Technodyn International, the exclusive strategic partner for global cloud enterprise software company IFS in Sub-Saharan Africa, has announced that a global manufacturing study on sustainability and the circular economy conducted by IFS and research firm Omdia has found a lack of centralised responsibility, legacy assets, infrastructure, and upfront costs as the most significant barriers to investments in sustainability.
The survey polled a range of high-level executives working for manufacturers across North America and Europe to better understand their views on sustainability and the circular economy (a model of production and consumption that focuses on the reuse and recyclability of products and materials). With only 12% of respondents having already rolled out circular economy programmes, the survey highlighted the significant work still to be done on addressing sustainability in the sector.
The research encompassed three areas that impact the approach by manufacturers on sustainability. The first focuses on investment drivers. These include environmental responsibility and barriers like legacy infrastructure. The second area examines the sustainability implementation status, such as the key areas where companies are currently focusing on their sustainability initiatives and sustainability maturity level. Finally, the third area assesses the case for the circular economy and its benefits.
“With the disruption caused by the pandemic being considered a catalyst for renewed sustainability, the IFS survey is timely. There is a worldwide need to curb the impact of manufacturing on the environment through interventions such as reducing carbon emissions and industrial energy consumption. External pressures such as customer awareness and regulatory pressure are certainly helping to push it op the priority list for manufacturers. But there is still a disconnect to practically addressing the sustainability challenge,” says Heman Kassan, Chief Commercial Officer at Technodyn.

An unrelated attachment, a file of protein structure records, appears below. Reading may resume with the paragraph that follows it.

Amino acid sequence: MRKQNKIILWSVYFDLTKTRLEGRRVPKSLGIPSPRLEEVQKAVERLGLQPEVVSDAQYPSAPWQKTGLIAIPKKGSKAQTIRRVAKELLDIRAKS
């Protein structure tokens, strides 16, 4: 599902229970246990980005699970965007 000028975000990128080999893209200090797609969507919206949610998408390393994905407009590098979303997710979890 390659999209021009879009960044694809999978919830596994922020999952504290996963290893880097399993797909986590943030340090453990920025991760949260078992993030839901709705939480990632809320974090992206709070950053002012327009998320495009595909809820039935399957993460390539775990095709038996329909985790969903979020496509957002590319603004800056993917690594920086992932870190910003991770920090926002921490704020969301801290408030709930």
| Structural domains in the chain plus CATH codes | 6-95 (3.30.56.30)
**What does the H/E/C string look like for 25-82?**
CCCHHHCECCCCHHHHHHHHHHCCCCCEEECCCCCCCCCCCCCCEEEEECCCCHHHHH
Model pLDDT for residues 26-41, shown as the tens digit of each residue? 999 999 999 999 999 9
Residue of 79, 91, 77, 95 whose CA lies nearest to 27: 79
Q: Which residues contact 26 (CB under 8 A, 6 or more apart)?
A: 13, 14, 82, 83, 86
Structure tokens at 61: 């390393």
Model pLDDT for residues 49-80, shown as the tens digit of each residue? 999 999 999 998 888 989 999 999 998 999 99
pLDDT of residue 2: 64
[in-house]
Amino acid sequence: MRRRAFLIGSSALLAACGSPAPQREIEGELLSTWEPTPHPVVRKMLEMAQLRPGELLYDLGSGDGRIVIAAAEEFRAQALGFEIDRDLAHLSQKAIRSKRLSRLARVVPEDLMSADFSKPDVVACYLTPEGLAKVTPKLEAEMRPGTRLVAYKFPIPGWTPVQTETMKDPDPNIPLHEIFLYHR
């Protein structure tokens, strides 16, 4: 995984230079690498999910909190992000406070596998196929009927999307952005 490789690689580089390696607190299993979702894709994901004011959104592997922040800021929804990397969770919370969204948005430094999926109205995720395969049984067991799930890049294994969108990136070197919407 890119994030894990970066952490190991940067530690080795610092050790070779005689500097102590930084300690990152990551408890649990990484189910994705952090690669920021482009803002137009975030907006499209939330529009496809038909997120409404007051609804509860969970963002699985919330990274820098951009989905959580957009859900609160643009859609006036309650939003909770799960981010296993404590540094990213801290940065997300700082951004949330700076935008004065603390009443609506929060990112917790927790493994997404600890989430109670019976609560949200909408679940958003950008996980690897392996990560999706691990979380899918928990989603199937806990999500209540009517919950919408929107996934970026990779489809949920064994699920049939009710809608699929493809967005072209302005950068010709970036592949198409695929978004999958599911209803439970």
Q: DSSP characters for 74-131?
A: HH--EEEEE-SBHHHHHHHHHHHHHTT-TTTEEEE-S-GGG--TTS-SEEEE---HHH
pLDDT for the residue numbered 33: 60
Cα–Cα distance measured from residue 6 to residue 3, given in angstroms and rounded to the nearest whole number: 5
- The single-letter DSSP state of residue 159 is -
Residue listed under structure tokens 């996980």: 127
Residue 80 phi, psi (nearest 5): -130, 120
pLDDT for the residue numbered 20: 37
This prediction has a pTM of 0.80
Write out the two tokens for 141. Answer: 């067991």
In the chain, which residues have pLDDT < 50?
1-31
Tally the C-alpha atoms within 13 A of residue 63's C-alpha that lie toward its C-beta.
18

There are positive signs. According to the survey, 80% of respondents are either in the process of piloting circular economy initiatives, have finalised circular economy objectives and are deploying them; or are developing objectives around circular economy.
The survey has found that the top three drivers for sustainability initiatives at manufacturers consist of regulatory compliance (18%), business risk (15%), and financial incentives and tax reductions (15%). This suggests that there remains a reactive mindset among manufacturers when it comes to sustainability and the circular economy despite how important ESG reporting has become.
The most significant benefits a circular economy model will deliver for an organisation are seen as being able to support a sustainable strategy, with 78% of respondents ranking it in their top five. This was followed by increased customer engagement (74%) and improved environmental protection (74%).
“Of course, embracing sustainability and a circular economy mode of production are complex and expensive undertakings. However, the benefits of becoming more sustainable in today’s more environmentally conscious market certainly make it worth the effort,” says Kassan.